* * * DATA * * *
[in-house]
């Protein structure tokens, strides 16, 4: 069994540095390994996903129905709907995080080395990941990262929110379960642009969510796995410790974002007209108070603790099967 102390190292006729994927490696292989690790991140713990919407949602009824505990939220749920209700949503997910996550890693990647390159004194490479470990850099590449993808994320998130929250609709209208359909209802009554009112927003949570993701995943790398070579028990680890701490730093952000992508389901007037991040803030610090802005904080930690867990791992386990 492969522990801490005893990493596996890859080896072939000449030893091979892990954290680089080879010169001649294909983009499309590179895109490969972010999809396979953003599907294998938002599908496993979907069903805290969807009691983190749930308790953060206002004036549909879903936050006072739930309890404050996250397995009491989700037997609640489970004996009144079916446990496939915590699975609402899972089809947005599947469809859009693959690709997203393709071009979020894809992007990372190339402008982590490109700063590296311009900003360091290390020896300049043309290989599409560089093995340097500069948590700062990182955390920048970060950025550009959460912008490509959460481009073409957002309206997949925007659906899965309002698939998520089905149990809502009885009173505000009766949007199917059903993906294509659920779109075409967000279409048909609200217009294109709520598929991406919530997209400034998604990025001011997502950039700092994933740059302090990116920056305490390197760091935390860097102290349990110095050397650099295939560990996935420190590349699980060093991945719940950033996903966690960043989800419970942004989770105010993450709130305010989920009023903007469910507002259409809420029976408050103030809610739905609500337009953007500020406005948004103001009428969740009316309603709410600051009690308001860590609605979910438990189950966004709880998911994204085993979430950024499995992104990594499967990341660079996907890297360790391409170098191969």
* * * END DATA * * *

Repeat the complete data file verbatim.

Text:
[in-house]
């Protein structure tokens, strides 16, 4: 069994540095390994996903129905709907995080080395990941990262929110379960642009969510796995410790974002007209108070603790099967 102390190292006729994927490696292989690790991140713990919407949602009824505990939220749920209700949503997910996550890693990647390159004194490479470990850099590449993808994320998130929250609709209208359909209802009554009112927003949570993701995943790398070579028990680890701490730093952000992508389901007037991040803030610090802005904080930690867990791992386990 492969522990801490005893990493596996890859080896072939000449030893091979892990954290680089080879010169001649294909983009499309590179895109490969972010999809396979953003599907294998938002599908496993979907069903805290969807009691983190749930308790953060206002004036549909879903936050006072739930309890404050996250397995009491989700037997609640489970004996009144079916446990496939915590699975609402899972089809947005599947469809859009693959690709997203393709071009979020894809992007990372190339402008982590490109700063590296311009900003360091290390020896300049043309290989599409560089093995340097500069948590700062990182955390920048970060950025550009959460912008490509959460481009073409957002309206997949925007659906899965309002698939998520089905149990809502009885009173505000009766949007199917059903993906294509659920779109075409967000279409048909609200217009294109709520598929991406919530997209400034998604990025001011997502950039700092994933740059302090990116920056305490390197760091935390860097102290349990110095050397650099295939560990996935420190590349699980060093991945719940950033996903966690960043989800419970942004989770105010993450709130305010989920009023903007469910507002259409809420029976408050103030809610739905609500337009953007500020406005948004103001009428969740009316309603709410600051009690308001860590609605979910438990189950966004709880998911994204085993979430950024499995992104990594499967990341660079996907890297360790391409170098191969």